Natasha Kumar

1-year internship in Gameplay Programming at Toronto Studio

 

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What is your background?

I attended UBC in Vancouver for Applied Science (engineering). During my undergrad I specialized in software engineering, with no particular focus on games. My degree was a general overview of development and project management, product life cycles, etc. I did not travel nor have any internships during my undergraduate degree. This job at Ubisoft was my first industry experience.

What is the most exciting project you’ve worked on?

My first and only project at Ubisoft was Starlink: Battle for Atlas. My contributions focused on player weapons and world interactions. Weapons include many different types, like gatlings, missiles, beams, and bazookas. I needed to develop different types of behaviors for projectiles to support our variety of weapons, as well as non-projectile-based weapons.

What did you learn during your internship?

During my time at Ubisoft I developed my hard and soft skills. I am much better at architecting larger systems, such as a buff system, all on my own. I also learnt to communicate with different members of the team, from vfx, to audio, to designers. This experience has helped me to trust myself and my ideas.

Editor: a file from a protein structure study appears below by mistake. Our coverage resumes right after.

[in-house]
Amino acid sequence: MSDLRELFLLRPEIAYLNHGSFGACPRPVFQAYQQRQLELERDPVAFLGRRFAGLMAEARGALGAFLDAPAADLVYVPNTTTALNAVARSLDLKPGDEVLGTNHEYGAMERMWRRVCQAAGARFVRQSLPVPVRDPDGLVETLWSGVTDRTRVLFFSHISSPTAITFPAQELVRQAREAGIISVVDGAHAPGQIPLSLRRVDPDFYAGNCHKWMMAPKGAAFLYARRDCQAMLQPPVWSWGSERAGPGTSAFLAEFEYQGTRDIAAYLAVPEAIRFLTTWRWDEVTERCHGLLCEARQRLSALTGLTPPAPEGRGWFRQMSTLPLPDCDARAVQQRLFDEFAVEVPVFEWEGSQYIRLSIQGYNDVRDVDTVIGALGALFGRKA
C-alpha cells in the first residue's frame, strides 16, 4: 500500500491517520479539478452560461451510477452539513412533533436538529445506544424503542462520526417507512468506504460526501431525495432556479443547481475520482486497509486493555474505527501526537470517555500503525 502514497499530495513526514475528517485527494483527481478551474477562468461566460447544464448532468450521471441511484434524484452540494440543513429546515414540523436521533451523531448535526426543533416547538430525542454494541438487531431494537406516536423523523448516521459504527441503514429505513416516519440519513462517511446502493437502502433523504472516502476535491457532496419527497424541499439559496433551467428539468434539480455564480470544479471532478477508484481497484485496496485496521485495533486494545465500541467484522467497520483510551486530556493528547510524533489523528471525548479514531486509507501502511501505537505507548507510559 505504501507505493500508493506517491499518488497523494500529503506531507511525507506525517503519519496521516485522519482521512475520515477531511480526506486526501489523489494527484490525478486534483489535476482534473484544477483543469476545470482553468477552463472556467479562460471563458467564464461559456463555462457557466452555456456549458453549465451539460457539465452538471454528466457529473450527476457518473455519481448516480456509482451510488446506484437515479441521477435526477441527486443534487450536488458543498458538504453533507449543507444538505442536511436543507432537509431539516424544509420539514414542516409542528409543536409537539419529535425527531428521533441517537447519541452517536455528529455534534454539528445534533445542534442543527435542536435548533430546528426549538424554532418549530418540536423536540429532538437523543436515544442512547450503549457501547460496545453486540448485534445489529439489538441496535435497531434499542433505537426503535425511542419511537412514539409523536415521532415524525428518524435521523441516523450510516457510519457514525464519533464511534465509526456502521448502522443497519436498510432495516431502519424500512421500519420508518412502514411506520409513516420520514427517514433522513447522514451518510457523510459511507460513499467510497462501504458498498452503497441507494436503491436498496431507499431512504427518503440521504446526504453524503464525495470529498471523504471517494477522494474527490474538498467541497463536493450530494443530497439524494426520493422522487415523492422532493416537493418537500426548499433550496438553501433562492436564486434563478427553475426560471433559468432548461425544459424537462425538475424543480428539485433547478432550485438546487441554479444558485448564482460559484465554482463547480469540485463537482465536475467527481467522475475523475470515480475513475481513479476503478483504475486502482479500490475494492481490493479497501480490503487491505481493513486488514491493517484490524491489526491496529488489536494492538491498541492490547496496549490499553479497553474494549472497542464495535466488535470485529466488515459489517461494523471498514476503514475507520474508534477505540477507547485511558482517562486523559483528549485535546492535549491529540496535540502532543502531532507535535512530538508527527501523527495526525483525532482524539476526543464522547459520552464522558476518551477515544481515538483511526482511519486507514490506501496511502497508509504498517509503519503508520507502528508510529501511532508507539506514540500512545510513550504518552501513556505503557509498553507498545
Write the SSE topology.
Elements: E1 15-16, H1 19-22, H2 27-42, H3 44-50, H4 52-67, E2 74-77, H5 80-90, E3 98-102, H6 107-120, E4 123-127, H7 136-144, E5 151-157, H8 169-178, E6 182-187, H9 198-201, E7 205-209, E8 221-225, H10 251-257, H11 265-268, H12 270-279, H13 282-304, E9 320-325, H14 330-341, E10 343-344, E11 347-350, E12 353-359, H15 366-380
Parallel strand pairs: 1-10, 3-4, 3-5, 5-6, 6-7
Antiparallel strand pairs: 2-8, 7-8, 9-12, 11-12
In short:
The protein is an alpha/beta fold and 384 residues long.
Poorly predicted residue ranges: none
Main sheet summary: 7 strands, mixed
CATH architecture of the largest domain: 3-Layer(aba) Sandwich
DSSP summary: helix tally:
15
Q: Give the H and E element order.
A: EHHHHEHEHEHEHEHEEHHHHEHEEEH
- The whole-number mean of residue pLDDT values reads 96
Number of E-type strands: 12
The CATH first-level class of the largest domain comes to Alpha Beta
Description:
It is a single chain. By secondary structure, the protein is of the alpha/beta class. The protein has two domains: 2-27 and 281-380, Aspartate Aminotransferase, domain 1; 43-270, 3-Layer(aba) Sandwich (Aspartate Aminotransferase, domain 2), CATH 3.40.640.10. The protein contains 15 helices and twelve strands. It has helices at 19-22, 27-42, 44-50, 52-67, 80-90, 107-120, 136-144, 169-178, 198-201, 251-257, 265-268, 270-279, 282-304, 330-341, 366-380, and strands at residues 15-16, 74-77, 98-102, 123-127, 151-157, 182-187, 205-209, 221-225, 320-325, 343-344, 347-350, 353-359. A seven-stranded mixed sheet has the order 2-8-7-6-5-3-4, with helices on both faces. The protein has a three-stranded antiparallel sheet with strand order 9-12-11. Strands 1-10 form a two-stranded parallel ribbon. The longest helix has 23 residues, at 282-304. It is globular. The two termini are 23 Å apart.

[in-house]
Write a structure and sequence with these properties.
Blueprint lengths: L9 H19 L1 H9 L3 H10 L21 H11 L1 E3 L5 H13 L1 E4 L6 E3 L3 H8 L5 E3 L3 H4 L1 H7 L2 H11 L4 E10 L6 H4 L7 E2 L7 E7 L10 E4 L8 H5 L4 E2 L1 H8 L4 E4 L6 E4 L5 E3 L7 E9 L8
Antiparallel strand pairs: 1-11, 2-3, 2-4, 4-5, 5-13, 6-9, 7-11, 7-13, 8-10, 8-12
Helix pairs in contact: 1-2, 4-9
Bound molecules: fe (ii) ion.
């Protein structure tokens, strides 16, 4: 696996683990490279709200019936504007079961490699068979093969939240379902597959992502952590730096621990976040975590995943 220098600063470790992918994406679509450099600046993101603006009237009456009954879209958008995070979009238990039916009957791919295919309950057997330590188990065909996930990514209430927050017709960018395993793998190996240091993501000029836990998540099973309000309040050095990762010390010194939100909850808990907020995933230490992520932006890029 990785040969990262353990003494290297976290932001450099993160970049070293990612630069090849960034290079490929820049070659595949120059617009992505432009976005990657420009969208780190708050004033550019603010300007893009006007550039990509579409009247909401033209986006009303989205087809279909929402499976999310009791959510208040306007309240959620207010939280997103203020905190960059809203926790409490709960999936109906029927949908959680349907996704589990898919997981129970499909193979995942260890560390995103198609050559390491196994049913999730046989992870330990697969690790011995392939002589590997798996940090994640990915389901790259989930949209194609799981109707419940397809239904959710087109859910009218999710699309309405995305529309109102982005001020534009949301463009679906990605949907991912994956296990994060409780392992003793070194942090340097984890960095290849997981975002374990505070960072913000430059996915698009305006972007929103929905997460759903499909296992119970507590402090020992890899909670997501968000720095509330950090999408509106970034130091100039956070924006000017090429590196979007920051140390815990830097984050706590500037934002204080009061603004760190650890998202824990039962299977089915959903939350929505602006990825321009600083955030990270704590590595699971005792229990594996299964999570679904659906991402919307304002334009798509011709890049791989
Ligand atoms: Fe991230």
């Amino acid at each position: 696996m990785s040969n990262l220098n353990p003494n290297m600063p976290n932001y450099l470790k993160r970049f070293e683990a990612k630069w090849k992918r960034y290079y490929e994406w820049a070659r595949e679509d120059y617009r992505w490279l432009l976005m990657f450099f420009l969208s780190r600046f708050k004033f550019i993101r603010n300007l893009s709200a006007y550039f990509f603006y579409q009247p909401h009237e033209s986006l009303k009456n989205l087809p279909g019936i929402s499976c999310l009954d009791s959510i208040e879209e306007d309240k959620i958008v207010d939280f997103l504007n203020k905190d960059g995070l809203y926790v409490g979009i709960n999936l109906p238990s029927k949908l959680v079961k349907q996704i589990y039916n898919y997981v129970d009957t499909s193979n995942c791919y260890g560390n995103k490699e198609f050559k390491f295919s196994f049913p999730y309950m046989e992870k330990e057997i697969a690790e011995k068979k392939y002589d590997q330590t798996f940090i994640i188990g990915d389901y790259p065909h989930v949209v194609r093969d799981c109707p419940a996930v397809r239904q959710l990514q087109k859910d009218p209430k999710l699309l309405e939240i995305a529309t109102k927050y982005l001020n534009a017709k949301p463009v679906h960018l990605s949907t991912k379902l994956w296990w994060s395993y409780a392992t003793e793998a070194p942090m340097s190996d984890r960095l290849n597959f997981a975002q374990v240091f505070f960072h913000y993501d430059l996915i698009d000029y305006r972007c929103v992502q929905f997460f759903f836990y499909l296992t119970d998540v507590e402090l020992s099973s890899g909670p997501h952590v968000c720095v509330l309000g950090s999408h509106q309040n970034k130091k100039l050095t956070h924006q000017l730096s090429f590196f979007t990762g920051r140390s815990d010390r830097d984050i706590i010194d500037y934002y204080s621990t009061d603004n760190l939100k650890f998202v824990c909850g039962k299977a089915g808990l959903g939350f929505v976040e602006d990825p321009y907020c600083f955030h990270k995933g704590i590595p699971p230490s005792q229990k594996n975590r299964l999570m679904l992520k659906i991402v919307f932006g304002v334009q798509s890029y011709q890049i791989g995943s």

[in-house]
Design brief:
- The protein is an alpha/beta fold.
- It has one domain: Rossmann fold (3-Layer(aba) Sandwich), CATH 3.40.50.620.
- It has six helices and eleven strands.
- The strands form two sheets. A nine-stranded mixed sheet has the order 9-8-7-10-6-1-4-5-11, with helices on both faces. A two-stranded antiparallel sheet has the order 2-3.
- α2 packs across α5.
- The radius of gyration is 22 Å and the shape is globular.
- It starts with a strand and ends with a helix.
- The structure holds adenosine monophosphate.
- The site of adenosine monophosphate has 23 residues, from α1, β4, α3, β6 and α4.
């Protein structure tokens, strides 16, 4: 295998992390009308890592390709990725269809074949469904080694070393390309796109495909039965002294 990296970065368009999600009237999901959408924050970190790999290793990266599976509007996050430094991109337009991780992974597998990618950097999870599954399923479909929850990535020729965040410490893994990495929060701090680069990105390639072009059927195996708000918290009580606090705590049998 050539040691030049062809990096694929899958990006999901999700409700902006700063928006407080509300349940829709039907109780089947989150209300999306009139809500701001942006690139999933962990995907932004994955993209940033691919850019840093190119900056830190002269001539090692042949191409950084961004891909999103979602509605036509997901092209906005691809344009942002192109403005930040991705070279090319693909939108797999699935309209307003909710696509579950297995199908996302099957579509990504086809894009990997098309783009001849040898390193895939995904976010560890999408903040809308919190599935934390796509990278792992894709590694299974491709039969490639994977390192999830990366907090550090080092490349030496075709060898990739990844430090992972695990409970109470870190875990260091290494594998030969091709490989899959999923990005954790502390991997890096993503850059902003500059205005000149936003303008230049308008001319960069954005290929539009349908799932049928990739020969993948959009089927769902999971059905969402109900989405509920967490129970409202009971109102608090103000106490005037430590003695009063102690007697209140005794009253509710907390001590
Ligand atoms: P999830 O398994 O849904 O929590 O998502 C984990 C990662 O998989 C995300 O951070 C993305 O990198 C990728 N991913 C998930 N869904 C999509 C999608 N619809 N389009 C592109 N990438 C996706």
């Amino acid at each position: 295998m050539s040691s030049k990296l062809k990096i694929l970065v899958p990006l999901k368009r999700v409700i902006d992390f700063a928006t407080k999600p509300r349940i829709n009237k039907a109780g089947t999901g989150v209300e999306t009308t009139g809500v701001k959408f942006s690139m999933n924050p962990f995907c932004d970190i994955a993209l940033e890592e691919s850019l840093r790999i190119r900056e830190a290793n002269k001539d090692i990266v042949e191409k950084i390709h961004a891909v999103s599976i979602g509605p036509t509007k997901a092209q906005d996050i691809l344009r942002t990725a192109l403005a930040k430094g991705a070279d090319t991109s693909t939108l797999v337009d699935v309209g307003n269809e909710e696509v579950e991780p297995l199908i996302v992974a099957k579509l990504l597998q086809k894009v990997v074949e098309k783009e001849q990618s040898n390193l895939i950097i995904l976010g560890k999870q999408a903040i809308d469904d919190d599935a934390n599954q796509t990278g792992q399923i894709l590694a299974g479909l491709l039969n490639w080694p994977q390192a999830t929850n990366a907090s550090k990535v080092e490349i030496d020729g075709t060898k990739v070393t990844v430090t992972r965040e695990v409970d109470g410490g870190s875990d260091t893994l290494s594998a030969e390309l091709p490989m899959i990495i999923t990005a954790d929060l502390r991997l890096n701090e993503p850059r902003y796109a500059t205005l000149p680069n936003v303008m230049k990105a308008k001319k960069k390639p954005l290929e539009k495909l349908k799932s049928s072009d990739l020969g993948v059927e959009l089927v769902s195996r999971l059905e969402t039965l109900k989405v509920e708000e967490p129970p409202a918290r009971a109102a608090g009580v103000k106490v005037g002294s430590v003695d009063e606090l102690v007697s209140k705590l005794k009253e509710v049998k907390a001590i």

Why would you recommend this internship at Ubisoft to other students?

Ubisoft is first and foremost an incredibly fun place to work. We love to have a good time, and put on monthly Ubibash parties. Everyone I meet here is happy to say hello and have a chat, and when it comes to actual work, everyone is very helpful and enthusiastic about the work they do.

I also appreciated that even as an intern I was given large responsibilities without someone overseeing every step I took. It was very encouraging to know that my teammates trusted my abilities.

In your opinion, which qualities are required to succeed as an intern at Ubisoft?

A successful Ubisoft candidate should be able to communicate with people outside of their discipline in a way that they will understand, and conversely, understand what other disciplines are trying to communicate. They should also be able to problem solve, be eager to learn, and know how to say ‘no’. Finally, following the tenet of Make Great Games, is always putting your heart into what you do, because at the end of the day, you’re making a game that people will want to buy.